Figures for 2018 show that the gap between what men and women earn in architecture fell three percent to 15.4 per cent, which is almost double the UK average of 8.6 per cent.
“There is no place for discrimination in our profession,” said RIBA president Ben Derbyshire in response to the figures. “Yet, almost 50 years after equal pay legislation came into force in the UK, significant instances of inequality remain.”
Closing pay gap “top priority” for RIBA
In response to the latest figures, the Royal Institute of British Architects has introduced official gender pay gap guidance. “Change is long overdue and all of us – employers, employees and the RIBA – have a vital role to play,” said Derbyshire.
“Closing the gender pay gap is a top priority for the RIBA.”
RIBA has called upon all chartered practices to sign its pledge, called Close the Gap – Improving Gender Equality in Practice, and has asked smaller practices to voluntarily disclose their gender pay gap data.
RIBA’s own gender pay gap is currently 9.8 per cent, up from four per cent last year. RIBA chief executive Alan Vallance said this was due to hiring more women in junior roles.
Reporting gender pay gap now legal requirement
Under UK law, companies that employ over 250 people must annually report their gender pay gap data. This year, 14 architecture practices were required to report.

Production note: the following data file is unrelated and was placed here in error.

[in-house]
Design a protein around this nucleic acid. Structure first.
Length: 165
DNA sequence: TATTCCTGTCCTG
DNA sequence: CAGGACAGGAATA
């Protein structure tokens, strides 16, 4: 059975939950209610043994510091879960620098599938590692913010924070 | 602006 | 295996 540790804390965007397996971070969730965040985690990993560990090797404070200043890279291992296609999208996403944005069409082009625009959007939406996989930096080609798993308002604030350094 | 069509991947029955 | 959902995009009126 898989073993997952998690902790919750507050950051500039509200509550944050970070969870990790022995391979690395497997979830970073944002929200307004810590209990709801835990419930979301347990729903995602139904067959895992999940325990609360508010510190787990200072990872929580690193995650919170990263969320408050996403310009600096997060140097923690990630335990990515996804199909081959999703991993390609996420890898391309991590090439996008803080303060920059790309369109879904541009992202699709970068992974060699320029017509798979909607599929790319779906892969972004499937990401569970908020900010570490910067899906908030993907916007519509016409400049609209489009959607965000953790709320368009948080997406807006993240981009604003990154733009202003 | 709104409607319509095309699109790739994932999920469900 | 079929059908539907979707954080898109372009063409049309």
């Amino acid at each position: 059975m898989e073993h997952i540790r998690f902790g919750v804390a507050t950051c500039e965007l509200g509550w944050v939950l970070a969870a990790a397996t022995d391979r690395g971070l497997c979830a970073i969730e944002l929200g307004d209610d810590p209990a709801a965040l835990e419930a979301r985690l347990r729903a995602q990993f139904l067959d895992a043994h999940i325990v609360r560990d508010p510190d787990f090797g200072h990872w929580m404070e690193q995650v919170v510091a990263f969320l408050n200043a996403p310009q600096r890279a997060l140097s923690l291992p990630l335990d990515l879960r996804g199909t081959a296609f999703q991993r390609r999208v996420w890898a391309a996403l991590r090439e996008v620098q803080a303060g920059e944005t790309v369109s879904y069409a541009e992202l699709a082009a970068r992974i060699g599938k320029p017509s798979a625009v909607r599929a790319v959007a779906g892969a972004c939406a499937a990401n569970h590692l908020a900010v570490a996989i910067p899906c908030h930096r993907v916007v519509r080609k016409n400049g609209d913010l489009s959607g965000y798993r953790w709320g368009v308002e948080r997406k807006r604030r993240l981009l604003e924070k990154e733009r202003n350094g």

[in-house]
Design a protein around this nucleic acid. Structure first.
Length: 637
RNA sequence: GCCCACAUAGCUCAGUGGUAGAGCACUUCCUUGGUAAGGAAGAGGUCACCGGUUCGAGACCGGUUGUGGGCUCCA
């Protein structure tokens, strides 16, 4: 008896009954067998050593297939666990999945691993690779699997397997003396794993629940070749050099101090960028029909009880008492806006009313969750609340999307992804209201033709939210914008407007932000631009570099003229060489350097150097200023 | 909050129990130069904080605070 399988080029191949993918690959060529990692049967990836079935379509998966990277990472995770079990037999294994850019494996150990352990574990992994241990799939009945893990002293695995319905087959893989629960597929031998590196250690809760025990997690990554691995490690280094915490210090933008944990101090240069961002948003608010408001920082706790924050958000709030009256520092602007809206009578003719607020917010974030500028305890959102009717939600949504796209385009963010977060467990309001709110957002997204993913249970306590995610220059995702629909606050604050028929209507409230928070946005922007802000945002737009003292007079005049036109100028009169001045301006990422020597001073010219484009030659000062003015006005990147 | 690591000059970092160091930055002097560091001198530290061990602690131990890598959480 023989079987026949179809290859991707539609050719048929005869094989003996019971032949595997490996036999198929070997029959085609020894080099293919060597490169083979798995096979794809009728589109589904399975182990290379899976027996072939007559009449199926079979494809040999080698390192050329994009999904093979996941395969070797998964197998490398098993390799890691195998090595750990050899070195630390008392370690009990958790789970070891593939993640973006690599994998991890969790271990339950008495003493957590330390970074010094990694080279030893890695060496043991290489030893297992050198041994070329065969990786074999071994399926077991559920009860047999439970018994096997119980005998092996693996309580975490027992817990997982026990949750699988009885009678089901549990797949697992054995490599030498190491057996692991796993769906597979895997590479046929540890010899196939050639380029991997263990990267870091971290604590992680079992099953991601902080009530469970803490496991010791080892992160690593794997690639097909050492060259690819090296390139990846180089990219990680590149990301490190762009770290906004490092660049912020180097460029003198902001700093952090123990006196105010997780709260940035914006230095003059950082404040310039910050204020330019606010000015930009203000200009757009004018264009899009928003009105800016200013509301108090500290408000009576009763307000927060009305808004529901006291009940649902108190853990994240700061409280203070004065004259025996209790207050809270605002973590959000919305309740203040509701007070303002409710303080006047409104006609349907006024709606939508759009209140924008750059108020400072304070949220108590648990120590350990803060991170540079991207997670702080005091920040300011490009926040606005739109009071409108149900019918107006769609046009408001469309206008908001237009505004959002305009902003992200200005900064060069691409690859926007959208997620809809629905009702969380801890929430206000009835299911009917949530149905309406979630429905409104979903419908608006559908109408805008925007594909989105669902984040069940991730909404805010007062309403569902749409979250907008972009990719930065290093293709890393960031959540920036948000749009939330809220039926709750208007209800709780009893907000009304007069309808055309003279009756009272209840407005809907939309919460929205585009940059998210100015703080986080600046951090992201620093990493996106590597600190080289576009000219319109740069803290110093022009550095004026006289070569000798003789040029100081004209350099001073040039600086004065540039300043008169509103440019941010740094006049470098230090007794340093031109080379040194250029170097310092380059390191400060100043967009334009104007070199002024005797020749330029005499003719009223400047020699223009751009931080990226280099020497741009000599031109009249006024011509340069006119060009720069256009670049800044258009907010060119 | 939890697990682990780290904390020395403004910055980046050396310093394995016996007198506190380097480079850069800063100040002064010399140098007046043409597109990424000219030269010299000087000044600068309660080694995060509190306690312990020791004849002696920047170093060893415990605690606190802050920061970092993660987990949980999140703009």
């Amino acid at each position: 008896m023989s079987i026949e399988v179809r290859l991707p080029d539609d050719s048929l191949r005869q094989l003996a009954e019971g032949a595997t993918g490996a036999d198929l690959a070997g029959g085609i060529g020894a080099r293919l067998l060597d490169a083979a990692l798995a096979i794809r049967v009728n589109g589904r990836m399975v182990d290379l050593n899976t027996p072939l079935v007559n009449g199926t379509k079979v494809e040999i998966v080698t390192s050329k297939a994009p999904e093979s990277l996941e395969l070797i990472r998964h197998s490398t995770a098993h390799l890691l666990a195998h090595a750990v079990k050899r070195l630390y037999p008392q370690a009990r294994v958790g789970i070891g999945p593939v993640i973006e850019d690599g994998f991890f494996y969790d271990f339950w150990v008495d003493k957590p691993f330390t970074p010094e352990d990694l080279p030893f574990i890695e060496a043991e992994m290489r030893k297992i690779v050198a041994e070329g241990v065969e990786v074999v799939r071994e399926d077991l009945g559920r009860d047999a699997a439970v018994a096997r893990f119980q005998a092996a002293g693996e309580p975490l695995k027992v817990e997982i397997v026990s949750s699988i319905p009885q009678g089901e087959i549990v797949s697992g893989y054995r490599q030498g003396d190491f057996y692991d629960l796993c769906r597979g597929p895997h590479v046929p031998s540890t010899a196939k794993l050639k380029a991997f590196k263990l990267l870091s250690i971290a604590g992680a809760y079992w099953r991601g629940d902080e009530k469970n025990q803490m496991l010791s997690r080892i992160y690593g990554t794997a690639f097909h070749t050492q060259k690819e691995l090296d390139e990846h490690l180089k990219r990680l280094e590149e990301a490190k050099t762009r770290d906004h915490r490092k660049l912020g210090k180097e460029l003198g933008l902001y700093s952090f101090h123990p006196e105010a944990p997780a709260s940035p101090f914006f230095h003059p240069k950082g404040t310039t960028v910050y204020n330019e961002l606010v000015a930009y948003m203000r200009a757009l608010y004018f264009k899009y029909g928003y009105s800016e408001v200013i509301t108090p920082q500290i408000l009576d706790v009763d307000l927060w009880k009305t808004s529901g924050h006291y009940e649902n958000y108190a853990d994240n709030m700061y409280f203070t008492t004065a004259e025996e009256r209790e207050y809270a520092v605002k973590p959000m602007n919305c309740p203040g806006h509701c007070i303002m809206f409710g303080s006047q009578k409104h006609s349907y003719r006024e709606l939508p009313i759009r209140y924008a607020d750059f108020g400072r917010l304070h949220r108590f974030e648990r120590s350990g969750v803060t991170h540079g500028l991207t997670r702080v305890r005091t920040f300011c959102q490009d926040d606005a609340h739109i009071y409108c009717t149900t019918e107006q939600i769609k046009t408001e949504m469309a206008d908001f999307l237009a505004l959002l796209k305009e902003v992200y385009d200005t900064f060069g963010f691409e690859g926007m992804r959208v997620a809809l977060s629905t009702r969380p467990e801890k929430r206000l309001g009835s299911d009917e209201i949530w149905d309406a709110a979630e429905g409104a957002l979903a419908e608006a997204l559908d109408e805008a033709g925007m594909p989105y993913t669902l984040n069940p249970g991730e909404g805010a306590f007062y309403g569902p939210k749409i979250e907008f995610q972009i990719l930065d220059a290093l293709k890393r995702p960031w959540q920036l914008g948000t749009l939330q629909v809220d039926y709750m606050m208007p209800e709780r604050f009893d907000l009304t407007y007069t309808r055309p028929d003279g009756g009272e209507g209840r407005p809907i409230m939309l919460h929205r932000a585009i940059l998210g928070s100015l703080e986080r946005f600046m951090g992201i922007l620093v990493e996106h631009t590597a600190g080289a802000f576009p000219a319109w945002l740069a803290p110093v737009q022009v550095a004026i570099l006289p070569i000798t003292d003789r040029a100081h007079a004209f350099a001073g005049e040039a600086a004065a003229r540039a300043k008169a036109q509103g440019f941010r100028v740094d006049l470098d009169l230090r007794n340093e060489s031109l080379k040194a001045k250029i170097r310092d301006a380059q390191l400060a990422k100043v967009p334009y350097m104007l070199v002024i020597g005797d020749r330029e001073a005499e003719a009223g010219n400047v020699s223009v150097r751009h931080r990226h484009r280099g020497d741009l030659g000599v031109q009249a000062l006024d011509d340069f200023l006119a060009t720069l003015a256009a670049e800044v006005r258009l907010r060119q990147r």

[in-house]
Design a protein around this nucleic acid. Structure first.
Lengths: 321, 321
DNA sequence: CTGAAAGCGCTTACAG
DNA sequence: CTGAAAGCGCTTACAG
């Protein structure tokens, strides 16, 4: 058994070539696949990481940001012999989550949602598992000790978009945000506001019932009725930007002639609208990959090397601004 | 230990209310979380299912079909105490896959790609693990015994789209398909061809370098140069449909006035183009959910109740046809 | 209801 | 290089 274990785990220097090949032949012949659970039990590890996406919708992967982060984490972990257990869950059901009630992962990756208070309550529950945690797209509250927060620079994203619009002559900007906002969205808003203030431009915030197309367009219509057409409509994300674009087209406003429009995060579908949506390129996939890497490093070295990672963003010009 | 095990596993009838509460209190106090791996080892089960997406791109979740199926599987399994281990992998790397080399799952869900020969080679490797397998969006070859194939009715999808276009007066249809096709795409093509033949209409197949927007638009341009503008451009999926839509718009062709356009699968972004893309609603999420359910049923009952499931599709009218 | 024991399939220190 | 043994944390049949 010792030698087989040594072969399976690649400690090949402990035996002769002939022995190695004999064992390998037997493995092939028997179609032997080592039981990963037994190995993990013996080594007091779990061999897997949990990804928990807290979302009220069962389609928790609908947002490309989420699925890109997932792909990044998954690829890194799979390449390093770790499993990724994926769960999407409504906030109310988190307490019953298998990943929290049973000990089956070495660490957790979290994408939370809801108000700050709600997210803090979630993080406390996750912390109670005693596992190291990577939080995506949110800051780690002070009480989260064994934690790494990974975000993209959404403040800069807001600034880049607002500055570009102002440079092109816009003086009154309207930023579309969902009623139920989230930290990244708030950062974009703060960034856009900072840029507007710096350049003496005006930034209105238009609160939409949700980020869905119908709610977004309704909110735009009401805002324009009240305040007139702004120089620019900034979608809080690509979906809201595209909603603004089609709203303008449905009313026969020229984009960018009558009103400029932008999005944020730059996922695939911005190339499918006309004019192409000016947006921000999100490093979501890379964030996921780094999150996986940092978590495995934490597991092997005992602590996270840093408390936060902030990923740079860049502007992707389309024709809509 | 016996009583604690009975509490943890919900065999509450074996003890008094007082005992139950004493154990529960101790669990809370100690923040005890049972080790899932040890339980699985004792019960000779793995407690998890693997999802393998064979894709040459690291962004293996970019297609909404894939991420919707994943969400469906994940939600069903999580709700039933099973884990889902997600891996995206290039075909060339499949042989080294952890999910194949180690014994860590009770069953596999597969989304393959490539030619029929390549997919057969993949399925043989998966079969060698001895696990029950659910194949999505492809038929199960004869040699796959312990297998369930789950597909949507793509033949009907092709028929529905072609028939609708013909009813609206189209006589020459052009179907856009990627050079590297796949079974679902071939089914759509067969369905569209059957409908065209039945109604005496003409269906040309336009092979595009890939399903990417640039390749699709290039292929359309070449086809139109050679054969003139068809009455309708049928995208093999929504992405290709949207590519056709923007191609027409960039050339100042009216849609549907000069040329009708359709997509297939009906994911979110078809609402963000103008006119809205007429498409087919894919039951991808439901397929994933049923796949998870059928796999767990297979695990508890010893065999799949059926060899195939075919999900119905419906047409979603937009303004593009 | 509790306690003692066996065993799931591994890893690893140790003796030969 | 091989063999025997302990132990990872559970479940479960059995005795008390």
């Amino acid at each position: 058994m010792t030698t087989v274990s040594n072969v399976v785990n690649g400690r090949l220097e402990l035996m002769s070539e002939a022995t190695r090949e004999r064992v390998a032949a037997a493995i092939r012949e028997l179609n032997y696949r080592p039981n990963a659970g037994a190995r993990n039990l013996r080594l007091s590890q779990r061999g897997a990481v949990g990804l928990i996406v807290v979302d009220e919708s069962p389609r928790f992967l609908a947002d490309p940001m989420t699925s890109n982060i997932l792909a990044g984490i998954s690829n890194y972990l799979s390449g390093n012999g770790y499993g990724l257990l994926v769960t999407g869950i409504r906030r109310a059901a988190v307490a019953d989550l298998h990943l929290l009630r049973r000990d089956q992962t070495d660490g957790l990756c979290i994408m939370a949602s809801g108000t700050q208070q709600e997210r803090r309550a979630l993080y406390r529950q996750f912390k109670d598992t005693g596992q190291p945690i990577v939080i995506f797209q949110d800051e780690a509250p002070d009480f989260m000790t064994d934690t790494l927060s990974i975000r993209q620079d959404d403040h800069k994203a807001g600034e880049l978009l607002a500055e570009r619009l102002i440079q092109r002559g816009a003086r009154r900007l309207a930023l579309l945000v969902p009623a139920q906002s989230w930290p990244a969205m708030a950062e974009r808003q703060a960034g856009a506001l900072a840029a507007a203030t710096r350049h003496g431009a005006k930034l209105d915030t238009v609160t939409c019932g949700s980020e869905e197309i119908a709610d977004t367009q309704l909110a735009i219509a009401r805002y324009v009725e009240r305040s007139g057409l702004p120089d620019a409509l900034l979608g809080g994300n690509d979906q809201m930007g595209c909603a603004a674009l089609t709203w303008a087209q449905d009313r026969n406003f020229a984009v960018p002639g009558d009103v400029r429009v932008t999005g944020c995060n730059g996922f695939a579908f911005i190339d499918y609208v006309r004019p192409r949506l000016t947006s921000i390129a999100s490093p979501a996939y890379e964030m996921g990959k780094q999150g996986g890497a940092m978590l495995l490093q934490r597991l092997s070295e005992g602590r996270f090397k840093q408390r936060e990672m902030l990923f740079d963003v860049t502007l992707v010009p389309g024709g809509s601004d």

While eight practices made a minor improvement on 2017 – the first year that companies were legally required to report on their gender pay gap – four saw the gap widen and while one remained exactly the same.
The median gap – most commonly used to measure the disparity in pay – ranks employees from highest to lowest paid then measures the middle paid woman’s hourly wage against the middle paid man’s to calculate the difference in men and women’s pay.
Men and women must be paid equally for equal work in the UK. However, as the figures show, men frequently end up occupying more of the higher-paid senior roles in architecture.
Leading architecture firms see pay gap rise
Zaha Hadid Architects was among the firms that saw its gender pay gap rise, with women earning 21 per cent less than men in 2018 compared to 19.6 per cent less the year before. This gave it it the fourth-worst gender pay gap of the practices surveyed.
“This gap exists because a higher proportion of our longest-serving team members are male,” said ZHA chief executive Mouzhan Majidi in the company’s gender pay gap report, which also noted that more women had been hired than men in 2018.
“Programmes we have introduced this year will enable more women at Zaha Hadid Architects to progress to senior roles,” Majidi added.
AHMM had the largest rise in its gender pay gap, reporting that women were paid 16.7 per cent less than men in 2018, up from 12.3 per cent in 2017.
“It remains evident therefore that there are significantly more men in senior higher paid roles and this manifests itself in our gender pay gap,” said Peter Morris, co-founder and managing director of AHMM in its report. The practice has introduced a gender pay gap working group and assigned a senior member to the role of gender equality champion.
Hawkins\Brown, which reported the lowest median gap of just 2.6 per cent last year, has seen its gender pay gap rise to six per cent.
“Our gender pay gap is a function of a higher percentage of staff in our highest pay quartile being male,” said Hawkins\Brown partner Hazel York.